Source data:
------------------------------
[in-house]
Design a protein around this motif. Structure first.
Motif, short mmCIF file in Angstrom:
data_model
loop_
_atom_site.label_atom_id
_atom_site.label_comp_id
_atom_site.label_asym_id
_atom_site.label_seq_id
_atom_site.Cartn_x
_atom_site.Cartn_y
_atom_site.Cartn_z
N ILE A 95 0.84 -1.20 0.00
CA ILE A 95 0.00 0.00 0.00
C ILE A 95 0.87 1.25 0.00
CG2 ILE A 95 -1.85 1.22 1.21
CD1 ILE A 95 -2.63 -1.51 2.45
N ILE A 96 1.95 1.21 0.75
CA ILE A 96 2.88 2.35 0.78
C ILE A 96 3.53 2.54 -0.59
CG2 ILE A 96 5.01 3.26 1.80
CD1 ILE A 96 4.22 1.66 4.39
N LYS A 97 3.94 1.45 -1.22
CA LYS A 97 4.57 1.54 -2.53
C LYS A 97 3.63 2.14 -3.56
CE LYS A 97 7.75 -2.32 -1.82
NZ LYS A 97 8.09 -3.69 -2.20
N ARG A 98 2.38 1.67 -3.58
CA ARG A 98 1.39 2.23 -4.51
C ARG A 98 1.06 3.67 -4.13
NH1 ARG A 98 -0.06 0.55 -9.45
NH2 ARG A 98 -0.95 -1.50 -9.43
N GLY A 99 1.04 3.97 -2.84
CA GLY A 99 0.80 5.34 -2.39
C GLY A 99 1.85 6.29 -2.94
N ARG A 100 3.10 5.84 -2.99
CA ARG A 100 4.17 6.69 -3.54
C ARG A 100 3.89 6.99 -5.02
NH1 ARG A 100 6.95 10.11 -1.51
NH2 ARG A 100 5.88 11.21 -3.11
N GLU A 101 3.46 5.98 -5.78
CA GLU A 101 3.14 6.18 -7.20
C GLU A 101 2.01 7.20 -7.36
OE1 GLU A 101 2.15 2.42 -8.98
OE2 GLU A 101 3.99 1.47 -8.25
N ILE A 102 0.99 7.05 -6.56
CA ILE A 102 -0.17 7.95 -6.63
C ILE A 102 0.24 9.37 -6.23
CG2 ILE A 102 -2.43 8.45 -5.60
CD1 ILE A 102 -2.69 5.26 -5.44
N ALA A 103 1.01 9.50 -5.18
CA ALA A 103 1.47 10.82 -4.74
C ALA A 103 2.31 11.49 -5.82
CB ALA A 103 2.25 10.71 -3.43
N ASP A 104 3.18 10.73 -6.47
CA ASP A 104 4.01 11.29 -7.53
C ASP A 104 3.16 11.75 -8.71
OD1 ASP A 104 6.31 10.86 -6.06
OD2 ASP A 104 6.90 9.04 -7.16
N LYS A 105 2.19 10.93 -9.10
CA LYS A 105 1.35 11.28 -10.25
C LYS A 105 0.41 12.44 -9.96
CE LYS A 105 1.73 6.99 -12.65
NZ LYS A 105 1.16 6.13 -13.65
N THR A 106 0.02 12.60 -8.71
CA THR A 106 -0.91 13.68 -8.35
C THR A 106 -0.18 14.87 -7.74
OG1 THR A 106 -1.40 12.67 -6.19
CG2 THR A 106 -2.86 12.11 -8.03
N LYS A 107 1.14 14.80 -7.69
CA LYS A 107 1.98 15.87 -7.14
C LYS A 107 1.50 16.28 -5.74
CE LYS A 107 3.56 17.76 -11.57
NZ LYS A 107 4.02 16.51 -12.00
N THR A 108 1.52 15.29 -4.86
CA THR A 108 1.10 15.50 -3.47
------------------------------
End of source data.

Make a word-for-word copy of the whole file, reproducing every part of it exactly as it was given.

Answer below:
[in-house]
Design a protein around this motif. Structure first.
Motif, short mmCIF file in Angstrom:
data_model
loop_
_atom_site.label_atom_id
_atom_site.label_comp_id
_atom_site.label_asym_id
_atom_site.label_seq_id
_atom_site.Cartn_x
_atom_site.Cartn_y
_atom_site.Cartn_z
N ILE A 95 0.84 -1.20 0.00
CA ILE A 95 0.00 0.00 0.00
C ILE A 95 0.87 1.25 0.00
CG2 ILE A 95 -1.85 1.22 1.21
CD1 ILE A 95 -2.63 -1.51 2.45
N ILE A 96 1.95 1.21 0.75
CA ILE A 96 2.88 2.35 0.78
C ILE A 96 3.53 2.54 -0.59
CG2 ILE A 96 5.01 3.26 1.80
CD1 ILE A 96 4.22 1.66 4.39
N LYS A 97 3.94 1.45 -1.22
CA LYS A 97 4.57 1.54 -2.53
C LYS A 97 3.63 2.14 -3.56
CE LYS A 97 7.75 -2.32 -1.82
NZ LYS A 97 8.09 -3.69 -2.20
N ARG A 98 2.38 1.67 -3.58
CA ARG A 98 1.39 2.23 -4.51
C ARG A 98 1.06 3.67 -4.13
NH1 ARG A 98 -0.06 0.55 -9.45
NH2 ARG A 98 -0.95 -1.50 -9.43
N GLY A 99 1.04 3.97 -2.84
CA GLY A 99 0.80 5.34 -2.39
C GLY A 99 1.85 6.29 -2.94
N ARG A 100 3.10 5.84 -2.99
CA ARG A 100 4.17 6.69 -3.54
C ARG A 100 3.89 6.99 -5.02
NH1 ARG A 100 6.95 10.11 -1.51
NH2 ARG A 100 5.88 11.21 -3.11
N GLU A 101 3.46 5.98 -5.78
CA GLU A 101 3.14 6.18 -7.20
C GLU A 101 2.01 7.20 -7.36
OE1 GLU A 101 2.15 2.42 -8.98
OE2 GLU A 101 3.99 1.47 -8.25
N ILE A 102 0.99 7.05 -6.56
CA ILE A 102 -0.17 7.95 -6.63
C ILE A 102 0.24 9.37 -6.23
CG2 ILE A 102 -2.43 8.45 -5.60
CD1 ILE A 102 -2.69 5.26 -5.44
N ALA A 103 1.01 9.50 -5.18
CA ALA A 103 1.47 10.82 -4.74
C ALA A 103 2.31 11.49 -5.82
CB ALA A 103 2.25 10.71 -3.43
N ASP A 104 3.18 10.73 -6.47
CA ASP A 104 4.01 11.29 -7.53
C ASP A 104 3.16 11.75 -8.71
OD1 ASP A 104 6.31 10.86 -6.06
OD2 ASP A 104 6.90 9.04 -7.16
N LYS A 105 2.19 10.93 -9.10
CA LYS A 105 1.35 11.28 -10.25
C LYS A 105 0.41 12.44 -9.96
CE LYS A 105 1.73 6.99 -12.65
NZ LYS A 105 1.16 6.13 -13.65
N THR A 106 0.02 12.60 -8.71
CA THR A 106 -0.91 13.68 -8.35
C THR A 106 -0.18 14.87 -7.74
OG1 THR A 106 -1.40 12.67 -6.19
CG2 THR A 106 -2.86 12.11 -8.03
N LYS A 107 1.14 14.80 -7.69
CA LYS A 107 1.98 15.87 -7.14
C LYS A 107 1.50 16.28 -5.74
CE LYS A 107 3.56 17.76 -11.57
NZ LYS A 107 4.02 16.51 -12.00
N THR A 108 1.52 15.29 -4.86
CA THR A 108 1.10 15.50 -3.47